Investigations into temporal and spatial variability of zooplankton at the Svalbard archipelago
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Plankton are generally considered good indicators for ocean climate variability, but plankton data from the Arctic are still comparatively scarce. Due to this scarcity of information, the prevalence of vertical migration behaviour at high latitude is still debated. Atlantic inflow is a key process governing biological diversity in the Arctic Ocean, and the location of the Svalbard archipelago makes it an ideal study area to monitor this inflow. Comparing the zooplankton community within the fjords of Svalbard at various latitudes allowed us to assess the influence of Atlantic inflow and any subsequent changes in zooplankton composition that may have implications for higher trophic levels. Using sediment traps deployed on oceanic moorings, Chapter 3 of this thesis analysed long term observations from sea-ice dominated Rijpfjorden for the first time, and compared the zooplankton to Atlantic Water influenced Kongsfjorden. Chapters 4 and 5 investigated the spatial relevance of our moored observations using shipboard observations, and chapters 6 and 7 present observations of vertical migration across a range of conditions. Kongsfjorden was dominated by Calanus copepods associated with Arctic and Atlantic water, and strongly influenced by Atlantic Water advection. Rijpfjorden was largely influenced by sea-ice formation with higher proportional abundances of macrozooplankton species. Advection brought Atlantic associated species into Rijpfjorden during warmer years. Prevailing hydrology and bathymetry were highlighted as factors forcing zooplankton distribution, while advection was identified as responsible for much of the observed small scale spatial variation amongst weaker swimmers. At an aggregation scale of 0.5 nautical miles, zooplankton distribution was highly patchy and moored observations could only be reliably expanded outwards to a maximum of 1 nautical mile. Low amplitude diel vertical migration (especially by younger copepodids) was identified in surface waters when a food source was available. These observations must be considered within the dynamic framework of advection highlighted by this thesis.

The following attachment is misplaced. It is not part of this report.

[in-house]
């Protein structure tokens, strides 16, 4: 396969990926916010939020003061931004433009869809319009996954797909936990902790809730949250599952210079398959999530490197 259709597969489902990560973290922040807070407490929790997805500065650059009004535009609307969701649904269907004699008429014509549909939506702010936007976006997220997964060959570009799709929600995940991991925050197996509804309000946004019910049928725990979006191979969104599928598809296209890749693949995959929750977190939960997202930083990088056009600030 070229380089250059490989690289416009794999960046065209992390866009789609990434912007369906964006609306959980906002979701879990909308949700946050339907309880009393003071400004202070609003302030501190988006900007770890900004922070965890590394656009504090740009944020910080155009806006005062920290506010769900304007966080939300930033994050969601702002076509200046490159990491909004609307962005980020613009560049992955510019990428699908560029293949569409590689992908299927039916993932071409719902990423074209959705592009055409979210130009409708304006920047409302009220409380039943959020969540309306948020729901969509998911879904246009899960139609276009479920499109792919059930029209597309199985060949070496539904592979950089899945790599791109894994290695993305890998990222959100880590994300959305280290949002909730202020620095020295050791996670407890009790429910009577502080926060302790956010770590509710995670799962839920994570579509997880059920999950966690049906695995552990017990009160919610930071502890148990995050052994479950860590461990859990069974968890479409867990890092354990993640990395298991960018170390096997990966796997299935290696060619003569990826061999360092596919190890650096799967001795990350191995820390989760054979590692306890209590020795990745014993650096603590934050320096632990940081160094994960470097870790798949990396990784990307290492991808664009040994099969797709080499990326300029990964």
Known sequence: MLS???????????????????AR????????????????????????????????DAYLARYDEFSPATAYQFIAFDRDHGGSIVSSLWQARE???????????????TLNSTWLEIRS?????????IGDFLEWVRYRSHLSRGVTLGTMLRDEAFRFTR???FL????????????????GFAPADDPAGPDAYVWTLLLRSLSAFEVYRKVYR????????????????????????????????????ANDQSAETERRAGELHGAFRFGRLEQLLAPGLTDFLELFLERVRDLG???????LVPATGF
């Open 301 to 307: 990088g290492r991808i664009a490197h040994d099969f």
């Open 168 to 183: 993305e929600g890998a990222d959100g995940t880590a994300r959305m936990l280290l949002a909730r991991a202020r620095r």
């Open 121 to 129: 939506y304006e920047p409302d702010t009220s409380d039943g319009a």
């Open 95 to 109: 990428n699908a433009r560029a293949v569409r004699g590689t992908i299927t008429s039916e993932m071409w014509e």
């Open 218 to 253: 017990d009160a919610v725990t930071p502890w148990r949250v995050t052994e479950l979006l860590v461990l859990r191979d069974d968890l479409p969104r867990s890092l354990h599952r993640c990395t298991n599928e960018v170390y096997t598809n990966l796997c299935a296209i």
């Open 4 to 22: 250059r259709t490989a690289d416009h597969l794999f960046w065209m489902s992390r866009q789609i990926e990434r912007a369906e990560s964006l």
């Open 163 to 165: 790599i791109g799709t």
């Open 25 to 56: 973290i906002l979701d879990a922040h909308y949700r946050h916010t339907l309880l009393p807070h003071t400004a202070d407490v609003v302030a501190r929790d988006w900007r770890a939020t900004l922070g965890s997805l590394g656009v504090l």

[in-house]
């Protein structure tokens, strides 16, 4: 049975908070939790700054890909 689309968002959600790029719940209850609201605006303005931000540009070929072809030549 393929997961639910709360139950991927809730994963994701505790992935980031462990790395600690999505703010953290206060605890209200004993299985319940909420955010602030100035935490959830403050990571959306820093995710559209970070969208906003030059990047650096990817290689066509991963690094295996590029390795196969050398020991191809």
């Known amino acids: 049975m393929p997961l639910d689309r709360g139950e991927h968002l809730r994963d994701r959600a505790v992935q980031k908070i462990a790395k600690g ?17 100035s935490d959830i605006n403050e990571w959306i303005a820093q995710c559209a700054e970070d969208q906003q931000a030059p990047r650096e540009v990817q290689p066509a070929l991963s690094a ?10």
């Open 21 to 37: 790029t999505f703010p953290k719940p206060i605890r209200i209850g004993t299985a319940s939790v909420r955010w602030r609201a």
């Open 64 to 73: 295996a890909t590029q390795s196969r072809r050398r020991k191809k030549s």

Thesis, PhD Doctor of Philosophy
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